I've been doing this for years because I owned my own side business for a while. If I remember correctly, start with lines 21 through 27 on your schedule A deductions, and you'll have to file a form 2106.
This is the appropriate way to claim business expenses if you are paid on a W-2. I'm guessing most of the authors here would be considered self-employed so wouldn't use the 2106 for those expenses.
If you have an office in the house, it must be a seperate room, then you can deduct the percentage of your mortgage that's comparable to the percentage of space that room occupies in your house (i.e., the bigger room you use in your haome as the office, the more you deduct.) If the office is 300 square feet, and your house is 3000 square feet, you deduct 10% of your mortgage.
Not exactly. . . it must be a clearly marked area but does not have to be a whole separate room. And to address something someone else said, you do not have to own the home -- the deduction is potentially available for a rented home as well. In addition to your mortgage interest/property taxes or rent, you can deduct the percentage of your power and heat.
Phone bills are iffy, you really need to use the phone predominantly for work if you're going to deduct it.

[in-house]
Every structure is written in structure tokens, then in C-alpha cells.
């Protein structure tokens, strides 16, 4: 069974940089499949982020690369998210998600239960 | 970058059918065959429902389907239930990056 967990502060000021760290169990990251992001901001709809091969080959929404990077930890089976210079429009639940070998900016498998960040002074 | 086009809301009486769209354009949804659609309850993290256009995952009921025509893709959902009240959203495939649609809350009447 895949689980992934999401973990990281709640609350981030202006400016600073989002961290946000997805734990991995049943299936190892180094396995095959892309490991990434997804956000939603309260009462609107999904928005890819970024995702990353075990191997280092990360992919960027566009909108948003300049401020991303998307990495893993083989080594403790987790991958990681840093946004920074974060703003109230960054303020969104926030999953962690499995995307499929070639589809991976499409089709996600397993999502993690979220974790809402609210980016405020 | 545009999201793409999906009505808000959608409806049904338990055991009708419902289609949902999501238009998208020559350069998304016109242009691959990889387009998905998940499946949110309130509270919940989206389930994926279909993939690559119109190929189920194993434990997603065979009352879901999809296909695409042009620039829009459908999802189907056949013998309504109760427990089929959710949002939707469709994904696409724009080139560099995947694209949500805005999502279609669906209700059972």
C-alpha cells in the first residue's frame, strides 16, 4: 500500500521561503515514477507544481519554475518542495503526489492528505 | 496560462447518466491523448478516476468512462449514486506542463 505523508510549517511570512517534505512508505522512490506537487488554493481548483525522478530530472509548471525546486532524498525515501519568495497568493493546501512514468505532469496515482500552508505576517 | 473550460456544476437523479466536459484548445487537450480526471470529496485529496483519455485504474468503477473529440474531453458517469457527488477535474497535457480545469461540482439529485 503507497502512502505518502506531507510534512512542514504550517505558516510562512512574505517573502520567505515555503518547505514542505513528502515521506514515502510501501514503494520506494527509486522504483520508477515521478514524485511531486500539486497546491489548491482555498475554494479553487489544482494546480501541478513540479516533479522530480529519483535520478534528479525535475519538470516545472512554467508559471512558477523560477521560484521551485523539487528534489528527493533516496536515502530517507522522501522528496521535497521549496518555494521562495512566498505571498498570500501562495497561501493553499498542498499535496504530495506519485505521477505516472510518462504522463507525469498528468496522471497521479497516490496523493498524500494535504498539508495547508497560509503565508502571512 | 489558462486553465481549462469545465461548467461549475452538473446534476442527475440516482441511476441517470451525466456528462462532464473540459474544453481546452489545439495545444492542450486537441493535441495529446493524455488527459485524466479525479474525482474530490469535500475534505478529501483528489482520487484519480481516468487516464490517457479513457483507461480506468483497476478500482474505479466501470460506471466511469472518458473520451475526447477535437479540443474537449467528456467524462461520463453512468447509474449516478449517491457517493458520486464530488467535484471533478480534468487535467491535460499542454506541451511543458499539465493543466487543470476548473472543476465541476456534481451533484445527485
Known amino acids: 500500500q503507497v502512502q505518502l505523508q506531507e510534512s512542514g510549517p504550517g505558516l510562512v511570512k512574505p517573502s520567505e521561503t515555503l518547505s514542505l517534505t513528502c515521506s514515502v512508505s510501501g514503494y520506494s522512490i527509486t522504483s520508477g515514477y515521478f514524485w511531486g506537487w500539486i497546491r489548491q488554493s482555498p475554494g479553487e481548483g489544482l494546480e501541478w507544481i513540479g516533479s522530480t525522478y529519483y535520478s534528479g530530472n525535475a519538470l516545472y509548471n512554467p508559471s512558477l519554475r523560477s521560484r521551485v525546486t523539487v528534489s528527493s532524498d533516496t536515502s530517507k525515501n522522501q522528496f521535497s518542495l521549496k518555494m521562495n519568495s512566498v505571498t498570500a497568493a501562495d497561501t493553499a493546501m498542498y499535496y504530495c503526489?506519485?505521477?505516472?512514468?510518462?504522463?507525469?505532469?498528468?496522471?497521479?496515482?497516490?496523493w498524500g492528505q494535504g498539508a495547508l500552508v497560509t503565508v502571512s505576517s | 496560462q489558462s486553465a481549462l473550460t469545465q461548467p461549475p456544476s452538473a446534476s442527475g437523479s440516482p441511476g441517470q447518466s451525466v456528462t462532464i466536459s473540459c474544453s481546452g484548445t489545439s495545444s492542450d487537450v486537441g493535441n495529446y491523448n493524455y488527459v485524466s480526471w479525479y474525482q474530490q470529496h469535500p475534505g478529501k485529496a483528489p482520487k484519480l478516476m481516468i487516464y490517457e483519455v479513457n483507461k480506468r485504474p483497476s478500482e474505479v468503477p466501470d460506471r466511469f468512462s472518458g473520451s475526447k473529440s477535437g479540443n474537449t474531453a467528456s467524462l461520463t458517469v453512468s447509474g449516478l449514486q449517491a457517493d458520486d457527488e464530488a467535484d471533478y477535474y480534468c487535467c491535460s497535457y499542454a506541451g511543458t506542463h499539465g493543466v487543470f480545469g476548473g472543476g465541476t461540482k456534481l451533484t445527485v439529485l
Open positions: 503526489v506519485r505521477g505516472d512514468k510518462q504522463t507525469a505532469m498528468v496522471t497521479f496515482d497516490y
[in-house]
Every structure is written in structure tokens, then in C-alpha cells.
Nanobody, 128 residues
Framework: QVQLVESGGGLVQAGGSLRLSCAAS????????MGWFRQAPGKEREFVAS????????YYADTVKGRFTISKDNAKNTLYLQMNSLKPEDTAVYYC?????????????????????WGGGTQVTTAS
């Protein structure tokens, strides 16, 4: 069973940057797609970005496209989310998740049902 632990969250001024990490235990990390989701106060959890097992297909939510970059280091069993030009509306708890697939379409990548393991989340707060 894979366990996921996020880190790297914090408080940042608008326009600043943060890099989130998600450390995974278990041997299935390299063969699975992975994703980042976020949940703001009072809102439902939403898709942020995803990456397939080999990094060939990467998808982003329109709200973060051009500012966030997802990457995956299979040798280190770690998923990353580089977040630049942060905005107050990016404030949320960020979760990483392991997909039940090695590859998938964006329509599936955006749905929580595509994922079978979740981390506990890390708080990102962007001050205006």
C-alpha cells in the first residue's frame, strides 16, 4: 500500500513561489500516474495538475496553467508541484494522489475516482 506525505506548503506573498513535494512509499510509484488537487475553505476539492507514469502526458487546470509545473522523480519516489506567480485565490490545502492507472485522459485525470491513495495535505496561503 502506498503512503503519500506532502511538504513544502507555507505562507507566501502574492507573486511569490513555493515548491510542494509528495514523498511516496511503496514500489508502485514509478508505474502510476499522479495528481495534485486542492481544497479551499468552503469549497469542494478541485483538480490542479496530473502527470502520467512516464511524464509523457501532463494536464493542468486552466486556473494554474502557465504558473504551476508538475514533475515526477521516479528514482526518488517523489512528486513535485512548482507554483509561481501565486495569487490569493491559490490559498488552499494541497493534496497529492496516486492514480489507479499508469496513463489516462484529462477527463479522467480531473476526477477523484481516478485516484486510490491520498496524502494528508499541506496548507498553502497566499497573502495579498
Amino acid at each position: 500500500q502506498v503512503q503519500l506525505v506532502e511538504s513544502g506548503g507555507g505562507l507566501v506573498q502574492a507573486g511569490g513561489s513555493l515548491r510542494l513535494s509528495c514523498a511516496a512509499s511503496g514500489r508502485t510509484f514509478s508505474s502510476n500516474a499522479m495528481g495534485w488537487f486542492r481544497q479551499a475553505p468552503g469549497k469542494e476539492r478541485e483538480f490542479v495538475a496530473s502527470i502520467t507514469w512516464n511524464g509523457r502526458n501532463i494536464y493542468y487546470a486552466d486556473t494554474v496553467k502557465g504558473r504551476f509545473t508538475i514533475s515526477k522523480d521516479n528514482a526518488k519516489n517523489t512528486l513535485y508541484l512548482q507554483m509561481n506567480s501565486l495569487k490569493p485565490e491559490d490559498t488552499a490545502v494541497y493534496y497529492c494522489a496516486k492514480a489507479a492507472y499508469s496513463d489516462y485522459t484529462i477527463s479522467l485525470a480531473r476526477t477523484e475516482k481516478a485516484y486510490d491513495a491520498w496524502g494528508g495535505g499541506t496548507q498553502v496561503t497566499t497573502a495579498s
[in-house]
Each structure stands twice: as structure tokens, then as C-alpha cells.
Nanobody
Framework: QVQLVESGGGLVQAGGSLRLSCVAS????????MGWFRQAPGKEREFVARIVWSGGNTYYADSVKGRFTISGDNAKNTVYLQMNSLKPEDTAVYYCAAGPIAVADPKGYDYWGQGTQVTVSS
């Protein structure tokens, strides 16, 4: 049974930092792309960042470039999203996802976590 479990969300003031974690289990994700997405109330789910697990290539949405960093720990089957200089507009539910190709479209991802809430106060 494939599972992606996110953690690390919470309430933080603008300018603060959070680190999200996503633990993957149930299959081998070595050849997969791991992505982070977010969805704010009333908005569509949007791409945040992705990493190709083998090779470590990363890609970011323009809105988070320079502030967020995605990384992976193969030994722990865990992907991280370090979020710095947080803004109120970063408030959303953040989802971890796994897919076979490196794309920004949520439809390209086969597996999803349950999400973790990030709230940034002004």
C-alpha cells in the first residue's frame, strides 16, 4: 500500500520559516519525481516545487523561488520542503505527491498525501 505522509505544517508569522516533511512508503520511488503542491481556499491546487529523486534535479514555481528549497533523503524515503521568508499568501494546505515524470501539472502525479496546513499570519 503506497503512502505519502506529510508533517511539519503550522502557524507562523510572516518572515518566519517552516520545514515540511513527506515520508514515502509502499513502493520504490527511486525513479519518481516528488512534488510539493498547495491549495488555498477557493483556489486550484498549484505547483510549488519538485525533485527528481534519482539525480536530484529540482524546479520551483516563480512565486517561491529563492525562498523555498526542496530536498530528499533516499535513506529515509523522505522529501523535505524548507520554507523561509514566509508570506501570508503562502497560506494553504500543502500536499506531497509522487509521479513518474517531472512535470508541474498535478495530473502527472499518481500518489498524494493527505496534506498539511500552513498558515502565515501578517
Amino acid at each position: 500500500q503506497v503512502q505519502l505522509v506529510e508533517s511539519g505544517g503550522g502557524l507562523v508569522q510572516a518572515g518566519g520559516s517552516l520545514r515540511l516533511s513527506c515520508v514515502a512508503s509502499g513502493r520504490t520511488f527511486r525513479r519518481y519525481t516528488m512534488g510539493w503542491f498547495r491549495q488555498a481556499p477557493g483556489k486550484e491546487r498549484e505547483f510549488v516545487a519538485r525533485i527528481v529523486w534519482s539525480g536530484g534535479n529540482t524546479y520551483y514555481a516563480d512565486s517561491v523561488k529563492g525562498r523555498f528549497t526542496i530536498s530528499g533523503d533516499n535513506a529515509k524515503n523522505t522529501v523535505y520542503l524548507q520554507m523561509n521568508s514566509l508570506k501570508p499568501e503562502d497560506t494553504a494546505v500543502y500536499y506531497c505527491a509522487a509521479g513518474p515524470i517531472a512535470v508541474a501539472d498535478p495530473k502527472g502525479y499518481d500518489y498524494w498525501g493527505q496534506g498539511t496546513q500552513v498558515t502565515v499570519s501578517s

In fact you can pretty much never deduct the cost of the first line into your home as it's considered a normal personal expense even if you use it a lot for business. You can, generally, deduct the cost of extra services that you pay for because you have the business -- like a second line or an answering service. And of course any separately billed long distance business calls.
If you're incorporated or an LLC then you'll file a return on the business, and there's a line on the 1040 where you claim your distributions and a form you fill out on which you tally up your expenses. You'll have to do a little spread sheet showing revenue and expenses. We just used Microsoft Word to do ours on and attached it and never had a problem.
Not exactly. An LLC may be a single-member LLC which would be treated the same as any other sole proprietor -- you file a Schedule C, which details income and expenses, along with your 1040 form. If you are incorporated, that's a different thing and reporting requirements depend on what type of corporation you have. This DEFINITELY calls for a professional consult! :)
I'd go to IRS.gov and look at the instructions. The instructions are pretty clear, regardless of what people say. Once you read through the stuff and do this yourself a couple times, it's easy. It's just the fear of the unknown. You're a writer, you'll figure out what the words mean. I did this for five or six years myself, then handed it over to a CPA one year and he did exactly the same thing I did.